All she wanted was a haircut.
But when Faith McGregor walked into a Terminal Barber Shop during Bay and Dundas streets, she was repelled to hear from a owners that no coiffeur during a emporium would cut a woman’s hair given it goes opposite their eremite beliefs.
McGregor has given filed a censure about a Jun occurrence with a Ontario Human Rights Commission (OHRC).
The emporium wasn’t bustling that day, she says, and dual barbers were station during a behind of a store. “I asked, ‘Do we do a businessman’s cut?’ It’s a simple haircut. They pronounced they do.”
After describing a cut, owners Omar Mahrouk stopped her. “He only looked during me and said, ‘I can’t do that. We don’t cut women’s hair here.’”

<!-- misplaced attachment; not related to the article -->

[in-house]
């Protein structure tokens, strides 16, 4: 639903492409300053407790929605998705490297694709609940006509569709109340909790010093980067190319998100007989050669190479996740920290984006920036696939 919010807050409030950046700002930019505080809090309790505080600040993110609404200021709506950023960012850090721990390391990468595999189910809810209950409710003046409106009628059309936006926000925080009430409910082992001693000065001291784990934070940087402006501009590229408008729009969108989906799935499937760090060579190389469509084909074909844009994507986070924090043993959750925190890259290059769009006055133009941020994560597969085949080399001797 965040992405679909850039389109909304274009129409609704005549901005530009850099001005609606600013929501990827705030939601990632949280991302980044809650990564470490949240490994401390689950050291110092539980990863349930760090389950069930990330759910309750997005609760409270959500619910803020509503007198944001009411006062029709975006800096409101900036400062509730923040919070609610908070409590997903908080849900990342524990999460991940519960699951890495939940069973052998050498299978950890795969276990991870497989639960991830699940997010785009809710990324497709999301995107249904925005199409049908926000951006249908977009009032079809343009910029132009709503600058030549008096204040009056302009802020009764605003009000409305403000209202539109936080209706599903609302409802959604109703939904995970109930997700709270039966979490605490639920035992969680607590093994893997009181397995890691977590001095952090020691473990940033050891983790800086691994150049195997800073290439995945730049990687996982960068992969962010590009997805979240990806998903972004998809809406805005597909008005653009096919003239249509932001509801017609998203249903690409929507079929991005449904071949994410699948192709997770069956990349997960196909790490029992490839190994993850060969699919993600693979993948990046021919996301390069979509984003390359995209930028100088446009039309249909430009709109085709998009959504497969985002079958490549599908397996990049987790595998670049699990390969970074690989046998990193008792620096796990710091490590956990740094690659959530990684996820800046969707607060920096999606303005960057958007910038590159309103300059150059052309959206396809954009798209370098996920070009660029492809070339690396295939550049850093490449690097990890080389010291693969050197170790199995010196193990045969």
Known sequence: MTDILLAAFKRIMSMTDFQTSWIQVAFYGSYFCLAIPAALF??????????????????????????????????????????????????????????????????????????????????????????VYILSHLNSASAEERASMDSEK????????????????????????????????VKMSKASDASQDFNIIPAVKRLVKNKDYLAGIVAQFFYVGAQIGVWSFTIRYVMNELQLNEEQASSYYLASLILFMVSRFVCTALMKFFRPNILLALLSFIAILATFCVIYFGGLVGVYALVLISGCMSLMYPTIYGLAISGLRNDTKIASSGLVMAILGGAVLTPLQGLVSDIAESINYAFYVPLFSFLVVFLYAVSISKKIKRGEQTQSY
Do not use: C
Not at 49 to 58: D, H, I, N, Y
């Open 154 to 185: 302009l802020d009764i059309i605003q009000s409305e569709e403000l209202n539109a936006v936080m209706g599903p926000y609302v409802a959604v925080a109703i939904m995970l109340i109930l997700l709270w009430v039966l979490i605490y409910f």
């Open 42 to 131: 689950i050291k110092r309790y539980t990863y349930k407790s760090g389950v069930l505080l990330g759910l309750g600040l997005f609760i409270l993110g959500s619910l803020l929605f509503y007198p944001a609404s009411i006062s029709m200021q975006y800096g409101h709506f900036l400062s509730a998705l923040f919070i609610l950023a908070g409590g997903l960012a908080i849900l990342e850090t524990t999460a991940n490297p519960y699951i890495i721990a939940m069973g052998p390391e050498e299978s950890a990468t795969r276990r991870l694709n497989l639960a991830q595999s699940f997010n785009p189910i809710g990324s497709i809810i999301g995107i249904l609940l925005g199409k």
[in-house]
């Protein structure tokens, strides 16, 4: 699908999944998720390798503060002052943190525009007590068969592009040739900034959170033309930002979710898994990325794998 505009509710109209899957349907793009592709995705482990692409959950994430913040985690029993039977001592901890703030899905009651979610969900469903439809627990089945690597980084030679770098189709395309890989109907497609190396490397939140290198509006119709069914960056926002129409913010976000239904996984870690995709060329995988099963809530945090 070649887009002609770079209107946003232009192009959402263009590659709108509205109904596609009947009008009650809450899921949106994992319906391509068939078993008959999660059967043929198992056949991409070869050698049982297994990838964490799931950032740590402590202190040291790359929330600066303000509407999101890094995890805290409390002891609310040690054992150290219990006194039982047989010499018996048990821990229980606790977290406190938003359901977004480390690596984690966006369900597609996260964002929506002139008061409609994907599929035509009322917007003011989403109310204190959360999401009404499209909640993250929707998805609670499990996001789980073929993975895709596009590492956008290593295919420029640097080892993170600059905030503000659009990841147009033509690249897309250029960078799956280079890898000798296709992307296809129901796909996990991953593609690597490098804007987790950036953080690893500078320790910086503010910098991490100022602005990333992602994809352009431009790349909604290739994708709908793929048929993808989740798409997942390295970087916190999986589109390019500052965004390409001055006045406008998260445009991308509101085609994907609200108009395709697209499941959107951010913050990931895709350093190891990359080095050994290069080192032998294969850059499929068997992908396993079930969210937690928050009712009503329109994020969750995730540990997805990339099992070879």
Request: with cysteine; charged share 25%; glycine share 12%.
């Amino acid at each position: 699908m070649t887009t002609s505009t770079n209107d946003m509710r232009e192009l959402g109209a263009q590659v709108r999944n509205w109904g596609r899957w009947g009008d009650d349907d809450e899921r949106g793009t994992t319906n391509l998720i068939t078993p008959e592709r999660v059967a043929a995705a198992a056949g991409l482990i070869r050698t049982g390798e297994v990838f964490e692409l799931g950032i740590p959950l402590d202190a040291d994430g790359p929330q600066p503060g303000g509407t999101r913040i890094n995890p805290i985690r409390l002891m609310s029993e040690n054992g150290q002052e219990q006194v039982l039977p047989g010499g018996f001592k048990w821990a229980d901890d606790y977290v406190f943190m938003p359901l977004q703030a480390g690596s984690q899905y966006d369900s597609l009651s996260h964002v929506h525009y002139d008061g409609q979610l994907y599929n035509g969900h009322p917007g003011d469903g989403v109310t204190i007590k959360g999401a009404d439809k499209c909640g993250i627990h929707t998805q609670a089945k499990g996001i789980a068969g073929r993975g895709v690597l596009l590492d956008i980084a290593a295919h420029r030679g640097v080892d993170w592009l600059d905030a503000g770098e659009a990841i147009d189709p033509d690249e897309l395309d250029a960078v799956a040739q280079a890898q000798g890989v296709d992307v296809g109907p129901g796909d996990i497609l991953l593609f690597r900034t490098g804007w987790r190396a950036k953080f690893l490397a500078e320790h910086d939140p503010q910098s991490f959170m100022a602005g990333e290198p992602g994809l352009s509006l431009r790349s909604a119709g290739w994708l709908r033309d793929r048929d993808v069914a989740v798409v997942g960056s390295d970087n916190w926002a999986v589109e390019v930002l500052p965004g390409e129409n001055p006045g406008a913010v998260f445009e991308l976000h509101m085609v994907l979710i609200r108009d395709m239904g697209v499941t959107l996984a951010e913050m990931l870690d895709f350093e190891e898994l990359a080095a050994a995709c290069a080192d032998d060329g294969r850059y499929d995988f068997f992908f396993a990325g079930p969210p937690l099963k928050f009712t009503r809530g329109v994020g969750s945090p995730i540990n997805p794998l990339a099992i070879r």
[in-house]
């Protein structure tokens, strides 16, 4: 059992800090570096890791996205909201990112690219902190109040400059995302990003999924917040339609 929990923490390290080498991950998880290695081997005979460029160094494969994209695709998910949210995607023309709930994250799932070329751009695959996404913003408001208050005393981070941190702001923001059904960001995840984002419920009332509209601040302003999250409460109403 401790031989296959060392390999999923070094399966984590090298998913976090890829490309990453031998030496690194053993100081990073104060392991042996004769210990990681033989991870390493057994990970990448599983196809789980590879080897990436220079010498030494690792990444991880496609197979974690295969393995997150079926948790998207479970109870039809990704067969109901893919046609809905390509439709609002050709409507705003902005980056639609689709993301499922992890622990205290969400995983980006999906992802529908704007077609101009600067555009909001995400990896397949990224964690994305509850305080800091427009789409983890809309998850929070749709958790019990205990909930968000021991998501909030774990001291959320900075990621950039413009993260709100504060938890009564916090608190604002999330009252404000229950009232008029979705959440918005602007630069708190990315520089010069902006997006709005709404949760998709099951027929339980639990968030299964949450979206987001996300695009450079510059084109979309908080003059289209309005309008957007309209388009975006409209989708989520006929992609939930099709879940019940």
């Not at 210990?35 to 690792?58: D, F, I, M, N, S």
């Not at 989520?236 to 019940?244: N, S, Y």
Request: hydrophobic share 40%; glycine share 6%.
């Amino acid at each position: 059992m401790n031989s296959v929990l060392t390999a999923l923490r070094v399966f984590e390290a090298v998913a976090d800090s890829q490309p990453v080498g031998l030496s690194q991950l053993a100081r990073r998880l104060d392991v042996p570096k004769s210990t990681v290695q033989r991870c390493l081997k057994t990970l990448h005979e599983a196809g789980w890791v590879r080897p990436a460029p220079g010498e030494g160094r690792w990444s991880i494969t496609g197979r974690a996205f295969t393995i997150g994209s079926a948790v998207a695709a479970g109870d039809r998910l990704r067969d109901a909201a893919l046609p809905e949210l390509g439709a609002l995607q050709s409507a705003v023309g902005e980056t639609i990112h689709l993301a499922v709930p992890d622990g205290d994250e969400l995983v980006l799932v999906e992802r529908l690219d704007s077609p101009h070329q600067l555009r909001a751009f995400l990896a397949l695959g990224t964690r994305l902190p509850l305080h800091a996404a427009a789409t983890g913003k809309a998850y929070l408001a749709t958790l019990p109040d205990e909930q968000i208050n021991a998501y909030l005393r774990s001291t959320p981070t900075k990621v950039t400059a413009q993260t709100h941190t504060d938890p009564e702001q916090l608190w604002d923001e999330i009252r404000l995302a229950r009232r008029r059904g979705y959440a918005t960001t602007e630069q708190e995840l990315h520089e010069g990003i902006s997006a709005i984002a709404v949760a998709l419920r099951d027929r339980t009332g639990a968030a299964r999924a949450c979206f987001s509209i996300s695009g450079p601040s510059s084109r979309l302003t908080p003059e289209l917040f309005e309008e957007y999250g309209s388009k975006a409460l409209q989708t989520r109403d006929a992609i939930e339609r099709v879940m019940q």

McGregor says she was shocked. “I only wanted a accurate same cut as they would give a man. Nothing different.” The 34-year-old dyke says she always gets her hair cut during a coiffeur shop, not a salon.
Mahrouk told her “it’s opposite his religion” to cut a woman’s hair, she says. Mahrouk and dual other barbers refused, all observant they rehearse Islam, that forbids them to hold bizarre women, she says.
For his part, Mahrouk admits that he denied McGregor service. “I can cut my wife’s hair, though not a bizarre lady. For me this is not discrimination. we explained that we have zero opposite woman. This is my religion. She did not accept it.”
The Ontario Human Rights Code states that business owners can’t repudiate use formed on sex.
“The law is a law, though this is my religion. But we am not cultured opposite anyone,” Mahrouk insists. “It is opposite my religion.”
On a surface, a Human Rights Code says